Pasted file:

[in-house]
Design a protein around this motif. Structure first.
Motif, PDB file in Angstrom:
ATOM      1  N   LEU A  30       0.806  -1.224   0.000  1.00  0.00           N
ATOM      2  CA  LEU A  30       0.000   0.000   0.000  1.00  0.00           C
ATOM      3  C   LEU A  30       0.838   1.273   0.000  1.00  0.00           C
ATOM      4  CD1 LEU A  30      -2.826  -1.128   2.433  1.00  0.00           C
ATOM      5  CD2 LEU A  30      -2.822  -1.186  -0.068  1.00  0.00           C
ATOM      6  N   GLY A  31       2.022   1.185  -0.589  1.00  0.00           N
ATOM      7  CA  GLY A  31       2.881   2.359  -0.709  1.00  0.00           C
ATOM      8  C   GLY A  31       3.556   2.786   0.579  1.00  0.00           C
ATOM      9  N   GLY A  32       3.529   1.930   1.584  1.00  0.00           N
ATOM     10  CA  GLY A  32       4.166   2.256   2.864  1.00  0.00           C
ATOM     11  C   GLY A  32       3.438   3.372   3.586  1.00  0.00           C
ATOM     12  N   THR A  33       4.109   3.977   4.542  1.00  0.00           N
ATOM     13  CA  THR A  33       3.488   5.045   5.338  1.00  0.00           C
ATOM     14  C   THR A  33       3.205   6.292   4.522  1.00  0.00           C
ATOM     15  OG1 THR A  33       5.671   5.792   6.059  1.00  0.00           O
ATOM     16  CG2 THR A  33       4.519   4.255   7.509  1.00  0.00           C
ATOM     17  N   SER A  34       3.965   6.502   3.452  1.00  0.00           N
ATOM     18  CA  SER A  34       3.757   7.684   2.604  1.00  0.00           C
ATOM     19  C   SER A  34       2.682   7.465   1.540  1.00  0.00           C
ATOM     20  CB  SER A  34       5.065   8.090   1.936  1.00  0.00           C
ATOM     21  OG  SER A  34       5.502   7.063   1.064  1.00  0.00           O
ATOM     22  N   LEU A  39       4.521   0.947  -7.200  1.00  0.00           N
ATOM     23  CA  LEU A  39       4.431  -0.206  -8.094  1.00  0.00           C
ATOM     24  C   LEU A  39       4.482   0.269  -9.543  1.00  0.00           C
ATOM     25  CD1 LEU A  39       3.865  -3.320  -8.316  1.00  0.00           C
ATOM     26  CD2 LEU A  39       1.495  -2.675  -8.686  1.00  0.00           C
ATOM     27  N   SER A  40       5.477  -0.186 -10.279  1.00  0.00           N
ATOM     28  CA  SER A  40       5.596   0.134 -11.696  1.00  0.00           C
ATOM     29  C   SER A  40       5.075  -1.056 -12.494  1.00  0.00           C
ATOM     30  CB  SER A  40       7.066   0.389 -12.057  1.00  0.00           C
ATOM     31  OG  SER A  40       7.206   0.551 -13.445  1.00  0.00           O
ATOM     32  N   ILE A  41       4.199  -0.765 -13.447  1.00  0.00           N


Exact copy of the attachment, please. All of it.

[in-house]
Design a protein around this motif. Structure first.
Motif, PDB file in Angstrom:
ATOM      1  N   LEU A  30       0.806  -1.224   0.000  1.00  0.00           N
ATOM      2  CA  LEU A  30       0.000   0.000   0.000  1.00  0.00           C
ATOM      3  C   LEU A  30       0.838   1.273   0.000  1.00  0.00           C
ATOM      4  CD1 LEU A  30      -2.826  -1.128   2.433  1.00  0.00           C
ATOM      5  CD2 LEU A  30      -2.822  -1.186  -0.068  1.00  0.00           C
ATOM      6  N   GLY A  31       2.022   1.185  -0.589  1.00  0.00           N
ATOM      7  CA  GLY A  31       2.881   2.359  -0.709  1.00  0.00           C
ATOM      8  C   GLY A  31       3.556   2.786   0.579  1.00  0.00           C
ATOM      9  N   GLY A  32       3.529   1.930   1.584  1.00  0.00           N
ATOM     10  CA  GLY A  32       4.166   2.256   2.864  1.00  0.00           C
ATOM     11  C   GLY A  32       3.438   3.372   3.586  1.00  0.00           C
ATOM     12  N   THR A  33       4.109   3.977   4.542  1.00  0.00           N
ATOM     13  CA  THR A  33       3.488   5.045   5.338  1.00  0.00           C
ATOM     14  C   THR A  33       3.205   6.292   4.522  1.00  0.00           C
ATOM     15  OG1 THR A  33       5.671   5.792   6.059  1.00  0.00           O
ATOM     16  CG2 THR A  33       4.519   4.255   7.509  1.00  0.00           C
ATOM     17  N   SER A  34       3.965   6.502   3.452  1.00  0.00           N
ATOM     18  CA  SER A  34       3.757   7.684   2.604  1.00  0.00           C
ATOM     19  C   SER A  34       2.682   7.465   1.540  1.00  0.00           C
ATOM     20  CB  SER A  34       5.065   8.090   1.936  1.00  0.00           C
ATOM     21  OG  SER A  34       5.502   7.063   1.064  1.00  0.00           O
ATOM     22  N   LEU A  39       4.521   0.947  -7.200  1.00  0.00           N
ATOM     23  CA  LEU A  39       4.431  -0.206  -8.094  1.00  0.00           C
ATOM     24  C   LEU A  39       4.482   0.269  -9.543  1.00  0.00           C
ATOM     25  CD1 LEU A  39       3.865  -3.320  -8.316  1.00  0.00           C
ATOM     26  CD2 LEU A  39       1.495  -2.675  -8.686  1.00  0.00           C
ATOM     27  N   SER A  40       5.477  -0.186 -10.279  1.00  0.00           N
ATOM     28  CA  SER A  40       5.596   0.134 -11.696  1.00  0.00           C
ATOM     29  C   SER A  40       5.075  -1.056 -12.494  1.00  0.00           C
ATOM     30  CB  SER A  40       7.066   0.389 -12.057  1.00  0.00           C
ATOM     31  OG  SER A  40       7.206   0.551 -13.445  1.00  0.00           O
ATOM     32  N   ILE A  41       4.199  -0.765 -13.447  1.00  0.00           N